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Re: Deflation still winning the day

GregRoberts:

SUPER Post and I'd reccomend to all watching that video http://www.cnbc.com/id/27641538

that GregRoberts posted!

I loved the stupidity of the news reporter and the econimist (raise taxes, and the US can just print money so the S&P guy should be called off.)

I think when this happens we can kiss deflation goodbye and say hello to hyper inflation until the redemoninate the dollar. 

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gregroberts
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Re: Deflation still winning the day

Another article predicting inflation in the future...

http://www.24hgold.com/news-gold-silver-USTBond-Obelisk--Printing-Press.aspx?langue=en&articleid=341302_Jim_Willie_CB

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numen
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Re: Deflation still winning the day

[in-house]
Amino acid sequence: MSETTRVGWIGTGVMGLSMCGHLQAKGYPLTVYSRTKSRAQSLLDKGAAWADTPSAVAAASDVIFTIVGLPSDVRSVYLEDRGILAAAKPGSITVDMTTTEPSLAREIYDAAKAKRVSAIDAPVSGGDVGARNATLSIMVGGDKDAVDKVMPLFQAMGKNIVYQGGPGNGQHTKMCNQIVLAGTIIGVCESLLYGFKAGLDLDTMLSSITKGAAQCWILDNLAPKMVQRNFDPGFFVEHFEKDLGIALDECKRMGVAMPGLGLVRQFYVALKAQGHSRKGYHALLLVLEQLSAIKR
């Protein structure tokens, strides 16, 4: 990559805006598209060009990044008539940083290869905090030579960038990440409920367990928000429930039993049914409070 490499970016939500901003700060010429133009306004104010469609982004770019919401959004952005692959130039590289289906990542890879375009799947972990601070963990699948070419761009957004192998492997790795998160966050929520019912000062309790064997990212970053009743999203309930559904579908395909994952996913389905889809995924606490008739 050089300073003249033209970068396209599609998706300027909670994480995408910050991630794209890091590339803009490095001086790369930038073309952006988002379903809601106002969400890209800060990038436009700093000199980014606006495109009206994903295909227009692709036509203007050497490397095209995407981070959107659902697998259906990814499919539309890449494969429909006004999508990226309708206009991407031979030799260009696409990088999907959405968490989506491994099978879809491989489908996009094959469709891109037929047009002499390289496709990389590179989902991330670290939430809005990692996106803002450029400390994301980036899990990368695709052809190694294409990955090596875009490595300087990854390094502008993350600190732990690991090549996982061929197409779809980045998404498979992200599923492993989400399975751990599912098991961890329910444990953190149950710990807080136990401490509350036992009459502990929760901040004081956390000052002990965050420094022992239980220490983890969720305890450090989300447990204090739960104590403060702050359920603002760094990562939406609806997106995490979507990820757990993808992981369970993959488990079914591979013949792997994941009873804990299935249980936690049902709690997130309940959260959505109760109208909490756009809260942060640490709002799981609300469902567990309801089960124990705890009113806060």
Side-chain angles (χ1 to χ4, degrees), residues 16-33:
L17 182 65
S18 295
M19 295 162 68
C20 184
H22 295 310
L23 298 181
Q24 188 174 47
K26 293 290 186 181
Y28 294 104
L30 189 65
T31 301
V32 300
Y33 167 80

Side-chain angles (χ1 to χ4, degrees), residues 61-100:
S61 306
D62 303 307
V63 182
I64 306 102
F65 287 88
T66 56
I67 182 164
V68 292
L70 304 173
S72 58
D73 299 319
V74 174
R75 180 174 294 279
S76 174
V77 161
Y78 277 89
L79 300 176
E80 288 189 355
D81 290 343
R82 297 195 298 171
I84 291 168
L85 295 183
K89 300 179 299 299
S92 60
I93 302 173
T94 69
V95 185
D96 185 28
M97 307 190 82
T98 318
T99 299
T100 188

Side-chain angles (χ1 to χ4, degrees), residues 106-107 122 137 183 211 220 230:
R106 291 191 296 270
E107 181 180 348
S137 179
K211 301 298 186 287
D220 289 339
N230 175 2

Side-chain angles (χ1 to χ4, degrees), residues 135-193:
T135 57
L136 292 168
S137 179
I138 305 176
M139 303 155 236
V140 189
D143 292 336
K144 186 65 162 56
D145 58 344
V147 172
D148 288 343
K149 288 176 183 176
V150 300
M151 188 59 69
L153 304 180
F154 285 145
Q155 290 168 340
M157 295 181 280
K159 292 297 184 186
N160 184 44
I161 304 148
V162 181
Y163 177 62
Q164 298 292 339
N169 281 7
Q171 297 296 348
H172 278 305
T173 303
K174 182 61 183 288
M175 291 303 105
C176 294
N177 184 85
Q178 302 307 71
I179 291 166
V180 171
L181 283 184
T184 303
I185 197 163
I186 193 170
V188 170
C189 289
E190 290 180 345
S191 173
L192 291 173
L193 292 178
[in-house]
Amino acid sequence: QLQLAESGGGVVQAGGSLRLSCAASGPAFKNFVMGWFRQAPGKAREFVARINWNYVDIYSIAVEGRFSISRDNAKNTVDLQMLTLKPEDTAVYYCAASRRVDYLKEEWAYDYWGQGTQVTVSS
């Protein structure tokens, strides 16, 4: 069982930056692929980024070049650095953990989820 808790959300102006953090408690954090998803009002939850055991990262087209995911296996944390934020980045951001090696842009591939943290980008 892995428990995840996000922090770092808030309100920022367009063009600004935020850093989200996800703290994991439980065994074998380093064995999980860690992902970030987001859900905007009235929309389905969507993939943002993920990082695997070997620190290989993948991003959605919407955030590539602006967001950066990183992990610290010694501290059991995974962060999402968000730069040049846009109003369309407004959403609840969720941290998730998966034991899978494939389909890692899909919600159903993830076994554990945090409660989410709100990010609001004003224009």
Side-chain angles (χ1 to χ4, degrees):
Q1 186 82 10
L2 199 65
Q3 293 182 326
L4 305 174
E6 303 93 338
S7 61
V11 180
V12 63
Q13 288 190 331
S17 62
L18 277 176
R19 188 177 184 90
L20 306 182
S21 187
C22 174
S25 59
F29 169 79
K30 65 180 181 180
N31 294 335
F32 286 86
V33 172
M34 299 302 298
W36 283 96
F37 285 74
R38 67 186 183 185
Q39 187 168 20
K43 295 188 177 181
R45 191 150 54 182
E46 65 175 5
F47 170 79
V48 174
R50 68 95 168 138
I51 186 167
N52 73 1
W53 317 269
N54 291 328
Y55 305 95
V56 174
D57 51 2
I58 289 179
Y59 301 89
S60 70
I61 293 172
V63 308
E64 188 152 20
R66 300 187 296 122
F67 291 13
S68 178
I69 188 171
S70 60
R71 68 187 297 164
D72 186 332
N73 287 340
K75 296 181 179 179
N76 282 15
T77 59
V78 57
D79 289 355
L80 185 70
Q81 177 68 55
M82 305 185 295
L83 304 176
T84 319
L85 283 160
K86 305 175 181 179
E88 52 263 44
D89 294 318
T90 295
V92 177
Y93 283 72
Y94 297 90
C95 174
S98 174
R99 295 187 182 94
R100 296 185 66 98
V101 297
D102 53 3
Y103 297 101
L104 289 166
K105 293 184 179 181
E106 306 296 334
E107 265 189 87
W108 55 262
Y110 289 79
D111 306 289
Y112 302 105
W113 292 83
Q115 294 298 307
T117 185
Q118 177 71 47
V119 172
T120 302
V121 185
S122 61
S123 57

[quote]3. Long run - Regional inflational war does not solve the population problem and instead triggers global thermal nuclear war.  Large population centers such as those in China are nuked.  The great population bubble bursts and corrects to a small level and everybody who survive the holocaust lives happily ever after since they can now enjoy the fruits of labor of all the dead people for centuries to come.[/quote]

 

If the preservation of capital goods is a goal of this form of, um, "demand destruction", then presumably famine and pestilence would serve the purpose better than war...

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Davos
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Re: Deflation still winning the day

GregRoberts:

 

Another super link. Thank you. I read, I think on Mish's site or on Casey Researches site that once the bond markets start closing with more sales than buyers - watch out. I have yet to find the chart where it shows this but I caught the expert being interviewed by the 2 cheerleaders that he (the expert) said it already was doing or had done that (closed with more to sell than those to buy.)